It was a rather large and complex project, which is why we had to work closely with the client to align with their business perspective and also to get their expert insights.
First of all, we defined the ICP and estimated the potential of the target market. It was a relatively small market, but there were still plenty of opportunities to explore.
Next, we analyzed the direct competitors, which proved weak. The biggest competitor was, in fact, a substitute solution. We used this knowledge later on when we were preparing the content strategy. The client was competing with an alternative solution already incorporated into their processes to such a degree that we had to base a lot of marketing materials on comparing the two.
The product solved a problem in which there were a lot of stakeholders involved. It served a few different personas within the company. So, the next step was to study the buying decision process to understand all the roles and influencers involved. It was challenging to define and analyze all of them, but it was also the driving force that helped us grasp the bigger picture.
So we studied their jobs and how the product fits into their daily activities. Analyzing their current processes helped us detect all the struggles and frustrations they faced. And we used all of this knowledge to prepare the messaging for each buyer’s personas.
Until then, the client looked at the product and focused on its benefits. But we proved that each of the personas cares about different aspects of it. Each of them has their purpose, and it helps them solve unique pain points. The former approach used to work for our client because of one significant advantage, which is face-to-face contact. However, in the digital environment, it’s unlikely to work. You have to compensate with personalized messaging, content, and offers.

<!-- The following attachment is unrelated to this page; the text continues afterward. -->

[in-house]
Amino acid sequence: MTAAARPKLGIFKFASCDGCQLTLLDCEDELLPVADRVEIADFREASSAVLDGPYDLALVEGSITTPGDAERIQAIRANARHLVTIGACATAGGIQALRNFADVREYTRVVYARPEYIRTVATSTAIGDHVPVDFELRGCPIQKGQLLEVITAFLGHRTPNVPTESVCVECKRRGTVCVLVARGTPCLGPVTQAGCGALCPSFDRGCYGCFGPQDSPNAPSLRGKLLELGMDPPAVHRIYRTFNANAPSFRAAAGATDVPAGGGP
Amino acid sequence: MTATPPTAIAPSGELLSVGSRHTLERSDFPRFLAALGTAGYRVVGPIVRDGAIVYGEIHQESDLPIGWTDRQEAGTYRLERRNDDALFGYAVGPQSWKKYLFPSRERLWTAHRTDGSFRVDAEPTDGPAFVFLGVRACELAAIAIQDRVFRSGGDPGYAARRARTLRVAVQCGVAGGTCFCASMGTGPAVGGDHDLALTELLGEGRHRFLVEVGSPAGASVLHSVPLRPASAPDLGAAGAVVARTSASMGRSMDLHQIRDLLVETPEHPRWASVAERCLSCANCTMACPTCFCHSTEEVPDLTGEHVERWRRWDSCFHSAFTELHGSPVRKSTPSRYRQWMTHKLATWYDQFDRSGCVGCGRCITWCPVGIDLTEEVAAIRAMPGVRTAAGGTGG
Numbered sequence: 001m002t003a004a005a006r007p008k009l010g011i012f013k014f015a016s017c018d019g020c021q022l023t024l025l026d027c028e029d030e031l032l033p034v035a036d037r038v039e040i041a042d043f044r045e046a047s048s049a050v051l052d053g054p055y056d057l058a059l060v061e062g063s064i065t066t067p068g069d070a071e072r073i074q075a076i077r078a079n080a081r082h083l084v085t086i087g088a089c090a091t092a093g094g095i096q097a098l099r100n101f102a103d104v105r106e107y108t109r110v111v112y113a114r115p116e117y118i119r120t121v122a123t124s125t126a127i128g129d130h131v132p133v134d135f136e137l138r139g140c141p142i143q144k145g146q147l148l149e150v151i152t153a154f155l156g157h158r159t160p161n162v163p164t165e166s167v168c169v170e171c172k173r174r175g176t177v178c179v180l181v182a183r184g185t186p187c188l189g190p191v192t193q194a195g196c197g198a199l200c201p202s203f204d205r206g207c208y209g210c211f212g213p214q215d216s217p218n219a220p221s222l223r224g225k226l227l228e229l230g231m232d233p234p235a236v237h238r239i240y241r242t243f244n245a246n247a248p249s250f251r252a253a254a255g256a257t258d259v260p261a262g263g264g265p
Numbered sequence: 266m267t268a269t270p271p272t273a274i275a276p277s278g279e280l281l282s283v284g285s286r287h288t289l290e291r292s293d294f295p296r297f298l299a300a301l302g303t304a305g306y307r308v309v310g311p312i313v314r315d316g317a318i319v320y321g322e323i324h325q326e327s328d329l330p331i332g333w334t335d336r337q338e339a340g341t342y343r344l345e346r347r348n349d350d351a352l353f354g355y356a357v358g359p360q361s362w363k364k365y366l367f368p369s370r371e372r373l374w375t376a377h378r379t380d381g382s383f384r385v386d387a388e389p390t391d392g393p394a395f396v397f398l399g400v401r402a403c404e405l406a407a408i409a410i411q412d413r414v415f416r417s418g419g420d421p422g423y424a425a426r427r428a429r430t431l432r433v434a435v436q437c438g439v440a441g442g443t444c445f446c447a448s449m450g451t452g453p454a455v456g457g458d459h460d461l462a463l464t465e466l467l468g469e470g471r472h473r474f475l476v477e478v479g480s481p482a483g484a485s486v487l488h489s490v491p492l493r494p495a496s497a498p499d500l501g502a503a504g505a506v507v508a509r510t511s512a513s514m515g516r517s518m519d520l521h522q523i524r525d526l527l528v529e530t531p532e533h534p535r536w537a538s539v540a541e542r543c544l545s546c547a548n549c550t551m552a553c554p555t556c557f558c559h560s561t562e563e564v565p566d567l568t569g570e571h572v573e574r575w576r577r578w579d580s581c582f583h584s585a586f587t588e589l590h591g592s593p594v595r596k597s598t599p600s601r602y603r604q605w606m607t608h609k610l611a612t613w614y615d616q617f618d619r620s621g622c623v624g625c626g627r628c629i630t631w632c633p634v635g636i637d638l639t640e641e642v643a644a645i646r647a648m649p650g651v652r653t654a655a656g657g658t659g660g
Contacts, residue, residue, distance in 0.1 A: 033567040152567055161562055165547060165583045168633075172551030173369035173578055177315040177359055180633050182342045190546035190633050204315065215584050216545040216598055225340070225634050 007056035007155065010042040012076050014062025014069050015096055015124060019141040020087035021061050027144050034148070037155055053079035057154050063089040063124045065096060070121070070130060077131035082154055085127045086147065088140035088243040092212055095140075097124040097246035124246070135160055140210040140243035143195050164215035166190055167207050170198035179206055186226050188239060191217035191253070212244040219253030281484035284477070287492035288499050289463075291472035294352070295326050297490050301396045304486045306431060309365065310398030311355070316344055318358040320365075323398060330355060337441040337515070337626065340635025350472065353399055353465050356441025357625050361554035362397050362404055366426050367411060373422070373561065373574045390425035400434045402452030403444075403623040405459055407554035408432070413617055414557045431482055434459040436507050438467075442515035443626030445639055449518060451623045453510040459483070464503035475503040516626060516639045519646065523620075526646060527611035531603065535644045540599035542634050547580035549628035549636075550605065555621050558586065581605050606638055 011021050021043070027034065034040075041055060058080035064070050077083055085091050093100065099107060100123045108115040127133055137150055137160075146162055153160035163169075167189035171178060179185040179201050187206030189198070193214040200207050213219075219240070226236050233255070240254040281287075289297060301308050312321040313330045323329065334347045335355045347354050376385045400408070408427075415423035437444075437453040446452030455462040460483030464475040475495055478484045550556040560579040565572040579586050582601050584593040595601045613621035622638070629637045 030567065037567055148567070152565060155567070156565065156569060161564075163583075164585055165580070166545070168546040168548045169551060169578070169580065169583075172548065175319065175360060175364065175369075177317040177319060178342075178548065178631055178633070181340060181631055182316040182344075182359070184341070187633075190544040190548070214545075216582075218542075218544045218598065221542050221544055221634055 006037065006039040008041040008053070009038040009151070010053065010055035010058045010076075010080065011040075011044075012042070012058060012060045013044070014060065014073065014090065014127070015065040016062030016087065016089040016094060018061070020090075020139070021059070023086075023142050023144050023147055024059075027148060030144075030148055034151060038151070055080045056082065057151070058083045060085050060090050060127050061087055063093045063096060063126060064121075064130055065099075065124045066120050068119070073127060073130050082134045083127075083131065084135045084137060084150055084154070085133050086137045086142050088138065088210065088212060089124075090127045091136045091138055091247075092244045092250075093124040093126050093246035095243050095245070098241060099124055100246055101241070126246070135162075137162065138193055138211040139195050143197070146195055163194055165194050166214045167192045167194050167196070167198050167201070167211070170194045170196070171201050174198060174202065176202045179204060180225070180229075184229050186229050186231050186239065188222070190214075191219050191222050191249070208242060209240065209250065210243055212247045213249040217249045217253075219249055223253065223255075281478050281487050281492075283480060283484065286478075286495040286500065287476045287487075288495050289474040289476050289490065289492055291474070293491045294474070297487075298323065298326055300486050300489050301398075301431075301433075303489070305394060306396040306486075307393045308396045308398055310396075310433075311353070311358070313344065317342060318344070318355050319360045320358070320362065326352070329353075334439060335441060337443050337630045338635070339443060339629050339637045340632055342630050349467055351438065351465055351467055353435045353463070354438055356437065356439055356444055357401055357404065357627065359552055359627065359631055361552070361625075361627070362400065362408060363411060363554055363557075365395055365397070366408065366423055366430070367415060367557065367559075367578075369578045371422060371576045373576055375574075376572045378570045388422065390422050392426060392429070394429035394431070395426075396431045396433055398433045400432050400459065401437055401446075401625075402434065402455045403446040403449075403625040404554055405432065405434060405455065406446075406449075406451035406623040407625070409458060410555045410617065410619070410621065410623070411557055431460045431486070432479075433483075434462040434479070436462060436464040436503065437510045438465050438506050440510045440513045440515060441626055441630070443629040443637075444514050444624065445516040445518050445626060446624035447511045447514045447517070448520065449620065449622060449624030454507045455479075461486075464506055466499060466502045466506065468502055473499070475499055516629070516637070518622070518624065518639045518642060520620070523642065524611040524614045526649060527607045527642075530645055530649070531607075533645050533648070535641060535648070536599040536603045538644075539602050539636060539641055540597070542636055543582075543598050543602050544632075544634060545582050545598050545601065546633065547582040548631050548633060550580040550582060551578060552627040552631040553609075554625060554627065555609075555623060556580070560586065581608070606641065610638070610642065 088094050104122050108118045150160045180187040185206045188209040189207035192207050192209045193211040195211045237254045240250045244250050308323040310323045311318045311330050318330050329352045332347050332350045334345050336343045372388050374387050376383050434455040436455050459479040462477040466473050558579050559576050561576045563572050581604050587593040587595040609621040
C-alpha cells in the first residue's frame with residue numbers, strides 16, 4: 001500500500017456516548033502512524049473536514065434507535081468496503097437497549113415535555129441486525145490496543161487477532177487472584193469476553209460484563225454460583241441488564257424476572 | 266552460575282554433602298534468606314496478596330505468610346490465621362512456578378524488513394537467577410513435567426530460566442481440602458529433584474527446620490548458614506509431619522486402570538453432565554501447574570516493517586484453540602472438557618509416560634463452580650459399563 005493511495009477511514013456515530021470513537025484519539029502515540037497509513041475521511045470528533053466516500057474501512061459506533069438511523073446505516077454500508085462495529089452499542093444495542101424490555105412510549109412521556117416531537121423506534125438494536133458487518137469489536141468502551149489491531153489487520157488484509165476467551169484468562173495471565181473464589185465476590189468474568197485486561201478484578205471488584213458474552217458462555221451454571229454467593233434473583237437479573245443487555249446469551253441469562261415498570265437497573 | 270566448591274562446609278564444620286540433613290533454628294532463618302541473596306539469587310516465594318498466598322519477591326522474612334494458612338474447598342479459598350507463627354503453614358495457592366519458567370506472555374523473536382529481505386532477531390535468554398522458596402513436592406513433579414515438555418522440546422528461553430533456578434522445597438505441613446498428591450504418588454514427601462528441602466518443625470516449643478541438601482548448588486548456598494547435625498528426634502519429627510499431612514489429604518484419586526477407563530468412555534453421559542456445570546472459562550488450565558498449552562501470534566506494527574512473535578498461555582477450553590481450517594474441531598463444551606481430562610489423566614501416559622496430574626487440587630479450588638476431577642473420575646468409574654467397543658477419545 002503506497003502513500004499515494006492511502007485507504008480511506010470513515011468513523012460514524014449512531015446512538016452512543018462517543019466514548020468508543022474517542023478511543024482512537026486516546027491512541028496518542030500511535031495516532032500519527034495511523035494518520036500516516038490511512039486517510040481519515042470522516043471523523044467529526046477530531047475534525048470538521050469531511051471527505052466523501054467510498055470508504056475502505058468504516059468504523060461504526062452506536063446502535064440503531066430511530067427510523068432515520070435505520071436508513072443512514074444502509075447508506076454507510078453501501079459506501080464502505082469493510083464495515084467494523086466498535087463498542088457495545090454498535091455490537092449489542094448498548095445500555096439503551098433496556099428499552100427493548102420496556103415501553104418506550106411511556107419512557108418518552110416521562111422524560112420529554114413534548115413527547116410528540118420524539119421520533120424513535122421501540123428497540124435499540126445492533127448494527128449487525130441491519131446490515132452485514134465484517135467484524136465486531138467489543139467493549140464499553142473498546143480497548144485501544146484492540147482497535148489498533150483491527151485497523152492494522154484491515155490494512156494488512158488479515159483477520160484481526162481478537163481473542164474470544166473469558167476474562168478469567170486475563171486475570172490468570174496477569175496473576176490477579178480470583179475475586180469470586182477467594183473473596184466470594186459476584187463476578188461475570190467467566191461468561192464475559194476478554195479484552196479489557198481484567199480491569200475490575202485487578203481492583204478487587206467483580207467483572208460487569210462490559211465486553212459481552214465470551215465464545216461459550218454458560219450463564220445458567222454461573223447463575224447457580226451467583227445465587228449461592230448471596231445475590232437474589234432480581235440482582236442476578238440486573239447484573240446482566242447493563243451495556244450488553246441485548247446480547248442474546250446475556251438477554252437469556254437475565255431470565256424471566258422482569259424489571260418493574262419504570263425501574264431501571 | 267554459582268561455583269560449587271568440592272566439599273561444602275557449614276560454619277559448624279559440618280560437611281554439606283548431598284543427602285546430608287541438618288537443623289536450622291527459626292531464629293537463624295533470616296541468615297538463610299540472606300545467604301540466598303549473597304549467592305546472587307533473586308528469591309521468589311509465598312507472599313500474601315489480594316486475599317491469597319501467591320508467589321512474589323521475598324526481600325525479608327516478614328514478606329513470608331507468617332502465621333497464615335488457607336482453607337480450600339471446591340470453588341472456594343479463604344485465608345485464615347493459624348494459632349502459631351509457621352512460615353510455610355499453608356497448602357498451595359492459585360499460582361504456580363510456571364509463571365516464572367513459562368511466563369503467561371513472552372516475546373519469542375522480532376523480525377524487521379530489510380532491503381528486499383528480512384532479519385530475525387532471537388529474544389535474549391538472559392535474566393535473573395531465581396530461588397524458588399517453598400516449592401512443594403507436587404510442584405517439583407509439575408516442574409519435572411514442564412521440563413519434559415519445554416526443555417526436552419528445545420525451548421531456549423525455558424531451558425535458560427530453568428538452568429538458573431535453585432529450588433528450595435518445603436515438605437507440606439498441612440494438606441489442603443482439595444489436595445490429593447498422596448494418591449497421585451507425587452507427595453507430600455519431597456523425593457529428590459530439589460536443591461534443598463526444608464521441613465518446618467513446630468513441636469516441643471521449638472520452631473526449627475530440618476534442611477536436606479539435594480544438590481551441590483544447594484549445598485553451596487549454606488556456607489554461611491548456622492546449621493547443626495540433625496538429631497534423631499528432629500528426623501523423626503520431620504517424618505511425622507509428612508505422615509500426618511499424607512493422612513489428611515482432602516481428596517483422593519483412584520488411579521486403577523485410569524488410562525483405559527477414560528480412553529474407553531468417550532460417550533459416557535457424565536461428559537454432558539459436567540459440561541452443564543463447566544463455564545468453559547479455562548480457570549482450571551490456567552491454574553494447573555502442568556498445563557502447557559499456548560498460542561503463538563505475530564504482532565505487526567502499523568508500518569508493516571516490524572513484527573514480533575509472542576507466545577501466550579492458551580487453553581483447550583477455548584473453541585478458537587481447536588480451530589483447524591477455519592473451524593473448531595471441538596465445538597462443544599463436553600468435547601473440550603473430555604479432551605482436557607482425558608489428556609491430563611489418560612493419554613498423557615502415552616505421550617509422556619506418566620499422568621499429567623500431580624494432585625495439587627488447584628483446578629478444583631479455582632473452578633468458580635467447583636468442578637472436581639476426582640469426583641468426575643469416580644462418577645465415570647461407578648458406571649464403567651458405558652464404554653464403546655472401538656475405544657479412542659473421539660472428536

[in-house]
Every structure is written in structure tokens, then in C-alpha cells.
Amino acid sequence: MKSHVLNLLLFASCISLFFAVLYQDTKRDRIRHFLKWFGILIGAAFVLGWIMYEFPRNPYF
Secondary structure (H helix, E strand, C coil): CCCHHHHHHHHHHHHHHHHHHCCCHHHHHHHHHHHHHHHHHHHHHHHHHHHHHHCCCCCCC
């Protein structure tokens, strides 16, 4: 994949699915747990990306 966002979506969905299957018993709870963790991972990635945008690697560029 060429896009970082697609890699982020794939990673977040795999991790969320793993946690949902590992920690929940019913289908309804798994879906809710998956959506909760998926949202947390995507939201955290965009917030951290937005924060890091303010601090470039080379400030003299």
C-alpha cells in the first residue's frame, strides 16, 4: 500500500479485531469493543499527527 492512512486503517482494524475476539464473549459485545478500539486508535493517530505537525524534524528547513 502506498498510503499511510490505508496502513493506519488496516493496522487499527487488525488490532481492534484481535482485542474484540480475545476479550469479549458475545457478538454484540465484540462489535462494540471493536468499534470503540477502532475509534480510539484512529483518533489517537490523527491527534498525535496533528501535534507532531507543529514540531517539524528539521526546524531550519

The idea was to offer the prospects all the info they require on the website, reducing the need for those in-person demo meetings. We also identified potential channels to reach these buyer personas in addition to outreach. Then, we created a content strategy.
Following that, we started optimizing the onboarding process. We automated all the steps that would allow the setup process to be completed online and as seamlessly as possible. However, we kept the in-person demo & onboarding meeting option for the more significant, profitable accounts.
As part of the content strategy, we outlined not only educative and product materials but also instructions and documentation. The idea was to unburden the support team and give the customers an option to look up these resources themselves.
Last but not least, we also made a longer-term plan that involved integrating the product into the educational sector. The idea was to make it the standard software used in the industry. It would help increase awareness and credibility. Also, the students would use and master it by the end of their studies. Then, they could start introducing and implementing it in their workplace.
And this is, in short, how we helped our client solve their growth and scalability issues.
Paid media plays a significant role in modern marketing. What’s your approach to creating effective paid media campaigns, and which platforms do you find most promising?
Paid media has proven to be a very effective channel. Our approach depends on the case. It’s different based on the stage the company is at, its budget size, its brand recognition, etc. There are a lot of determinants to consider before coming up with an approach.
In most cases, I start bottom-up. So, I look up the high-intent search terms first and determine if there’s an opportunity for search engine advertising. This approach can work for almost any business, no matter the specifics. However, there’s no guarantee, and you always need to experiment and test first before you settle on the channel or approach.